In National Security Address, Hillary Clinton Lambastes Trump's 'Neutrality' on Israel

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Hillary Clinton, former Secretary of State and 2016 Democratic presidential candidate, delivers a national security speech at Balboa Park in San Diego, California, U.S., on Thursday, June 2, 2016.
Hillary Clinton, former Secretary of State and 2016 Democratic presidential candidate, delivers a national security speech at Balboa Park in San Diego, California, U.S., on Thursday, June 2, 2016. Credit: Troy Harvey / Bloomberg

This article was originally published on Jewish Insider.

Donald Trump’s comments about remaining “neutral” in the Israeli-Palestinian conflict should not be easily dismissed, Democratic presidential candidate Hillary Clinton said on Thursday.

“It is no small thing when [Donald Trump] says he’d be neutral with Israel,” Clinton said during a major national security address in San Diego on Thursday, in which she labeled Trump a “temperamentally unfit” to serve as president and called his ideas “dangerously incoherent.”

"They're not even really ideas, just a series of bizarre rants, personal feuds and outright lies," she said.

“Israel’s security is non-negotiable,” she declared. “They are our closest ally in the region, and we have a moral obligation to defend them.”

Clinton also touted her role in leading the effort to impose crippling sanctions on Iran and defended the nuclear deal “that should block every path for Iran to get a nuclear weapon.”

“Now we must enforce that deal vigorously. And as I have said many times before, our approach must be distrust and verify,” she said. “The world must understand that the United States will act decisively if necessary, including with military action, to stop Iran from getting an nuclear weapon.”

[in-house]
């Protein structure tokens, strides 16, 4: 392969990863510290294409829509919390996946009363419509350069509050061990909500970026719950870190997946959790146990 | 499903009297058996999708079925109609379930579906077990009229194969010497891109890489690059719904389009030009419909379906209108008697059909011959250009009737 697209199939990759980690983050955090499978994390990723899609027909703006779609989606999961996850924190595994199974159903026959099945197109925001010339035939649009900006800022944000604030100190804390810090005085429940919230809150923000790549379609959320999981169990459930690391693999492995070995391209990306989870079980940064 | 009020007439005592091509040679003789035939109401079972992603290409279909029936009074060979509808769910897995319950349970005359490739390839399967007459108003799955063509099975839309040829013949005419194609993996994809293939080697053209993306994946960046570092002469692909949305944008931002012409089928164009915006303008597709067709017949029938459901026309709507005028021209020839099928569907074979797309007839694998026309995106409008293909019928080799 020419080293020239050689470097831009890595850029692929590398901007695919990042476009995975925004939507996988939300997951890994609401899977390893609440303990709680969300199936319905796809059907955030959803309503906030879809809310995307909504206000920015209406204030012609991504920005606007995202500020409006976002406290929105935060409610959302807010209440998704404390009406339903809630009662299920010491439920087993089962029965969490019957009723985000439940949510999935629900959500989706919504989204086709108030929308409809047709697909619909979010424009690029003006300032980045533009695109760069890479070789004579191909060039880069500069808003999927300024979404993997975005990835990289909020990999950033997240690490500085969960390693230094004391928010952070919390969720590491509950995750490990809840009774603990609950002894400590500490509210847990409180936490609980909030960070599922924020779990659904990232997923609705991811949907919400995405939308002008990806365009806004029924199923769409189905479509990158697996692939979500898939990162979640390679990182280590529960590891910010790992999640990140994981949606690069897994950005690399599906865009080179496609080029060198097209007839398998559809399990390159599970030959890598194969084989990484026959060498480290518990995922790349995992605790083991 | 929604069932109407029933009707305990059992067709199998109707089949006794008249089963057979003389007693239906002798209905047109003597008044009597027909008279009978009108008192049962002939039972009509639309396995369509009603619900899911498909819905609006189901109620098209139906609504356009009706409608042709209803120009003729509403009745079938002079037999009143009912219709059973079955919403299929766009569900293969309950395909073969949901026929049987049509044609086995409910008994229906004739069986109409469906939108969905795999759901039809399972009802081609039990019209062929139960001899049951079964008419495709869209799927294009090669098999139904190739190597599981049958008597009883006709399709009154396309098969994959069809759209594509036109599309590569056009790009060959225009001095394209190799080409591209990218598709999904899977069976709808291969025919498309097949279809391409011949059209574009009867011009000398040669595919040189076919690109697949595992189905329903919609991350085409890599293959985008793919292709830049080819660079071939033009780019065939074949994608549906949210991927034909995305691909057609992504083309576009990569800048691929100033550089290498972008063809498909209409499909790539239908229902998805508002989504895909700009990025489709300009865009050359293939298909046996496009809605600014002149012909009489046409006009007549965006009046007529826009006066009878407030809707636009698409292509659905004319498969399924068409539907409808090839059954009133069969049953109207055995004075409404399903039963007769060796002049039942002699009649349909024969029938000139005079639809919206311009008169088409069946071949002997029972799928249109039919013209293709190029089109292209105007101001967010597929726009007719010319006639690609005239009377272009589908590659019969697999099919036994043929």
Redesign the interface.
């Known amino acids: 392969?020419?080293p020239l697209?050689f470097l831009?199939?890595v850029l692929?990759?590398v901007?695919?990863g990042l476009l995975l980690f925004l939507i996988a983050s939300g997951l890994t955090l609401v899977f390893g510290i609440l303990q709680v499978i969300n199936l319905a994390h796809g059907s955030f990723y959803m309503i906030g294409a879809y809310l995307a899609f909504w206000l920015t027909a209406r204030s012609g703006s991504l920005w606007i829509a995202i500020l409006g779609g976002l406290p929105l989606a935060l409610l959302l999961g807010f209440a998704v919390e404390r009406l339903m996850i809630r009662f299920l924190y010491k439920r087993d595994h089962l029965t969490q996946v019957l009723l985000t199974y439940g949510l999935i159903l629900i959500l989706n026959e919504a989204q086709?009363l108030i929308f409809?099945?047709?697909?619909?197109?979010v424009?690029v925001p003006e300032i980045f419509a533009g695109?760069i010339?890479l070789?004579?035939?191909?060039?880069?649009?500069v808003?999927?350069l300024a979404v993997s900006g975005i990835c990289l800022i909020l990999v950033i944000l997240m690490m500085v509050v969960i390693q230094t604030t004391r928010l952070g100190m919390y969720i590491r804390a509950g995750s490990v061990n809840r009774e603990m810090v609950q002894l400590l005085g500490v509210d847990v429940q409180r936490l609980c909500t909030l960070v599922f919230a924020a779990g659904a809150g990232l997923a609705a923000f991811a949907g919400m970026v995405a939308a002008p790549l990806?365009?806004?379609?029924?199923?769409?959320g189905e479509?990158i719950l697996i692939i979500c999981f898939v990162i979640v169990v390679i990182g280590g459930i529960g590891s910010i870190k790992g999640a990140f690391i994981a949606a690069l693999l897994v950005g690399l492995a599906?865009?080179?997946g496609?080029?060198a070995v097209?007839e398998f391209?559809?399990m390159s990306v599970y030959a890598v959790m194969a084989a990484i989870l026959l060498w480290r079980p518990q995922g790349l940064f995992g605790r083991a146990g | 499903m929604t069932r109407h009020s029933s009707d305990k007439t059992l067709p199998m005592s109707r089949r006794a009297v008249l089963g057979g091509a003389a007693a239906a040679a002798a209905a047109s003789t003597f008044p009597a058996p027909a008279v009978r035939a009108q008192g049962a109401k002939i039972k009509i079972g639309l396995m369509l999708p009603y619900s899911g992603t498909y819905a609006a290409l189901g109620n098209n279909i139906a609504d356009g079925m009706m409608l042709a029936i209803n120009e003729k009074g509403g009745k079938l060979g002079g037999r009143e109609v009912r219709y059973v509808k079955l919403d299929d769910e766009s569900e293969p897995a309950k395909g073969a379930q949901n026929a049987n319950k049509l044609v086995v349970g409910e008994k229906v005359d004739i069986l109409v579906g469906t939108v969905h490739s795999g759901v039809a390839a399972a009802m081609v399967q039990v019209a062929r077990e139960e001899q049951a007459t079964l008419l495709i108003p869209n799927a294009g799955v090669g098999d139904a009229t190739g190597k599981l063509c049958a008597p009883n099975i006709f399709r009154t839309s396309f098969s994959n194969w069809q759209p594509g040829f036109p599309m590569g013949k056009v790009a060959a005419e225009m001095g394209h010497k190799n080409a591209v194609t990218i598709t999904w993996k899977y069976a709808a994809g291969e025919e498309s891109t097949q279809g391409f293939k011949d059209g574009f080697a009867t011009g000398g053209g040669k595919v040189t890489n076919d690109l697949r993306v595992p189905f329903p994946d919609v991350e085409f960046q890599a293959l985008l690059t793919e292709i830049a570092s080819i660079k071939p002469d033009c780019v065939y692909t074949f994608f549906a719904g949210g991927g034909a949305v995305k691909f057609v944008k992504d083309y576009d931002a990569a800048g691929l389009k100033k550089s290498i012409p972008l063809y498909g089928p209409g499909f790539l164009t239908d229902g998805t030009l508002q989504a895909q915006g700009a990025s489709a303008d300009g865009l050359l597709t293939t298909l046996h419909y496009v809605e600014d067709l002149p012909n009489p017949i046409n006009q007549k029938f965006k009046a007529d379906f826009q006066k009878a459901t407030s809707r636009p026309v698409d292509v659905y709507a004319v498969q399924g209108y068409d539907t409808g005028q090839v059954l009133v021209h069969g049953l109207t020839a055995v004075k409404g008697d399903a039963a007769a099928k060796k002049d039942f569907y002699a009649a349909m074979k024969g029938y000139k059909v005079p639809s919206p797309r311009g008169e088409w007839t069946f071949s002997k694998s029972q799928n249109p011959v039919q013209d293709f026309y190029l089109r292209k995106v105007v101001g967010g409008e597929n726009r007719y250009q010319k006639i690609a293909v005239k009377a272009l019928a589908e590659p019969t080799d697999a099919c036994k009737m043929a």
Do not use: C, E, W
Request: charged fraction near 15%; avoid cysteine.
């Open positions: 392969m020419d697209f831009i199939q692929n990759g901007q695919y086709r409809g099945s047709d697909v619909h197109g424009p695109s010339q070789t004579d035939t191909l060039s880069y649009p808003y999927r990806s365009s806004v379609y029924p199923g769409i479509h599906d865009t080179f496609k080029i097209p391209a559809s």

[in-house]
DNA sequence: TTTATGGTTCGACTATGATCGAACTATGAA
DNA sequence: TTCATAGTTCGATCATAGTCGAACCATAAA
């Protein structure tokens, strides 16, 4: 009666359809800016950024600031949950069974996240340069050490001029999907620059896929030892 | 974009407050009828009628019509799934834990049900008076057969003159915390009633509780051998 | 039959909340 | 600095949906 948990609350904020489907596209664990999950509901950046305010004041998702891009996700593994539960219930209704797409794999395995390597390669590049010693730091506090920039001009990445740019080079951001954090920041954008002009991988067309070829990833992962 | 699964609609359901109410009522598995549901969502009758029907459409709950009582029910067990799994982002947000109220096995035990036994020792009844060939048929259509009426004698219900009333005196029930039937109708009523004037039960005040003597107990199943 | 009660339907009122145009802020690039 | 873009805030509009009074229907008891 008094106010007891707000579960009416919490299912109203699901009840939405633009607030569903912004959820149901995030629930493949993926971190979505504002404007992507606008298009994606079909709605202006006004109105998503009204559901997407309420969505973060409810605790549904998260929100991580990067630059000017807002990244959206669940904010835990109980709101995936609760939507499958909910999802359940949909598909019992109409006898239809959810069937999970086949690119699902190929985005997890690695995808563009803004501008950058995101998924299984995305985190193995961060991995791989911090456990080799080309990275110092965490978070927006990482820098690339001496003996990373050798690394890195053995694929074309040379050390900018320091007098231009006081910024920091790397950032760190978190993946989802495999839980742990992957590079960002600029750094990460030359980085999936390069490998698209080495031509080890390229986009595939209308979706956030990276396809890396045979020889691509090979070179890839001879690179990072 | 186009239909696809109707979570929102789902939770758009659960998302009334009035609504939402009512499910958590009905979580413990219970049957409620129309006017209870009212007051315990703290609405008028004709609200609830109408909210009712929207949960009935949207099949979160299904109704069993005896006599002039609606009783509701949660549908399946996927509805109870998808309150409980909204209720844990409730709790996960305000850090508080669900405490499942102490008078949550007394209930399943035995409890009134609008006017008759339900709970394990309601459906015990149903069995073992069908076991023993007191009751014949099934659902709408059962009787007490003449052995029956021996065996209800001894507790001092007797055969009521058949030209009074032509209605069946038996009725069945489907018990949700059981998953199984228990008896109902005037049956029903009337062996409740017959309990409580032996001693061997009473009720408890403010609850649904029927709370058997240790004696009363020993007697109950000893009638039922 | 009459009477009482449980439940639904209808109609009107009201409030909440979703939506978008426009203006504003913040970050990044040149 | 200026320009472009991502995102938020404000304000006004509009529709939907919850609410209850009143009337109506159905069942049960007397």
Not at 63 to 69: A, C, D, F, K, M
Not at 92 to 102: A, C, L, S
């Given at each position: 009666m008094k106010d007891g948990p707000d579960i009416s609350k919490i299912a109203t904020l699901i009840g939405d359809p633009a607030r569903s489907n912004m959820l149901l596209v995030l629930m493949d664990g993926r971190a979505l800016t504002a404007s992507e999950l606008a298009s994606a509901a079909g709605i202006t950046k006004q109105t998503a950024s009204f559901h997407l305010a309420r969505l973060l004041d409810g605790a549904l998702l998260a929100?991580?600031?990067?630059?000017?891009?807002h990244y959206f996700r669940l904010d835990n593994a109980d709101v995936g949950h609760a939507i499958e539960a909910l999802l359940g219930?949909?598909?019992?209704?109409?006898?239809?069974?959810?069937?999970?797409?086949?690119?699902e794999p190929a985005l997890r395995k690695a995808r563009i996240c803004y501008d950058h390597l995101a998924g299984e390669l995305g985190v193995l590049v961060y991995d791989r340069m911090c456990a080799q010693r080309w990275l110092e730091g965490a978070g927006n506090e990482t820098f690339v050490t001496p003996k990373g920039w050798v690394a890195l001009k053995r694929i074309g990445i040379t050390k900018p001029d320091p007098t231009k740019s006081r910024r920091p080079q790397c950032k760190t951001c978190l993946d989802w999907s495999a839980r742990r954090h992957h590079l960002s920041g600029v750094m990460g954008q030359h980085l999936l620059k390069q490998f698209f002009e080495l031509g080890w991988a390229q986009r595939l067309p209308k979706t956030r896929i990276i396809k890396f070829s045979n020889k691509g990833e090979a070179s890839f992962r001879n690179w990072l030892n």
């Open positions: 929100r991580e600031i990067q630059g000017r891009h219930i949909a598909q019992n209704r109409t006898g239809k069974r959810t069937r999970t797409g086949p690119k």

The former Secretary of State challenged the presumptive Republican nominee to offer an alternative in the absence of a nuclear deal he’s opposed to. “Donald Trump doesn’t know the first thing about Iran or its nuclear program. Ask him. It will become very clear, very quickly,” she suggested.

In her 30-minute address, Clinton said the election in the fall “is a choice between a fearful America that is less secure and less engaged with the world, and a strong America that leads to keep us safe and our economy going.”

Noting her tenure as secretary of state, mentioning her success in brokering a ceasefire between Israel and Hamas, among others, Clinton said, “I’m not new to this work, and I’m proud to run on my record, because I think the choice before the American people in this election is clear. Making Donald Trump commander-in-chief would be a historic mistake.”

Trump, a billionaire businessman who has never held elected office or worked in government before, says he has experience dealing with foreign governments through setting up hotels, resorts, golf courses and beauty pageants in foreign countries. Clinton, who is also a former U.S. senator and former first lady, mocked this. 

"He says he has foreign policy experience because he ran the Miss Universe pageant in Russia," she said to loud laughter. 

Trump has talked tough on foreign policy. He has said he would bring back waterboarding and other brutal interrogation techniques for terrorism suspects that are widely regarded as torture and were discontinued by Democratic President Barack Obama. 

He has also vowed to renegotiate trade deals, called for a temporary ban on Muslims entering the country, and said he would ask members of the 28-nation NATO alliance to "pay up" or "get out." 

Trump has criticized Clinton for her handling of foreign policy during her 2009-2013 stint as foreign secretary, including the Sept. 11, 2012, attack by Islamist militants on a U.S. diplomatic facility in Benghazi, Libya, that killed the U.S. ambassador and three other Americans. 

He cites Clinton's support for the Iraq war - launched by former Republican President George W. Bush - as another example of her shortcomings. 

At a rally Wednesday night in Sacramento, California, Trump said he had seen a copy of Clinton's speech and "it was such lies about my foreign policy." 

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